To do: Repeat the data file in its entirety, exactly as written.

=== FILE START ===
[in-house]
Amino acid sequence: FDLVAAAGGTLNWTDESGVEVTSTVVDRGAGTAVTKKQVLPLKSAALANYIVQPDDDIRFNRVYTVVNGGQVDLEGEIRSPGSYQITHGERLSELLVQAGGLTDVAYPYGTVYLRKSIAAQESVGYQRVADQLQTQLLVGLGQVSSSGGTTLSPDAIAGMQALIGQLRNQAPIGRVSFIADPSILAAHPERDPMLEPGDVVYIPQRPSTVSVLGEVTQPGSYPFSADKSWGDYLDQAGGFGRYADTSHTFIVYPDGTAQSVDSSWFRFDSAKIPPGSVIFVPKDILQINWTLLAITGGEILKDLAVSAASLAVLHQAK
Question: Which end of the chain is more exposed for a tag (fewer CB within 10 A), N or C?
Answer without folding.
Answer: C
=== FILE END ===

[in-house]
Amino acid sequence: FDLVAAAGGTLNWTDESGVEVTSTVVDRGAGTAVTKKQVLPLKSAALANYIVQPDDDIRFNRVYTVVNGGQVDLEGEIRSPGSYQITHGERLSELLVQAGGLTDVAYPYGTVYLRKSIAAQESVGYQRVADQLQTQLLVGLGQVSSSGGTTLSPDAIAGMQALIGQLRNQAPIGRVSFIADPSILAAHPERDPMLEPGDVVYIPQRPSTVSVLGEVTQPGSYPFSADKSWGDYLDQAGGFGRYADTSHTFIVYPDGTAQSVDSSWFRFDSAKIPPGSVIFVPKDILQINWTLLAITGGEILKDLAVSAASLAVLHQAK
Question: Which end of the chain is more exposed for a tag (fewer CB within 10 A), N or C?
Answer without folding.
Answer: C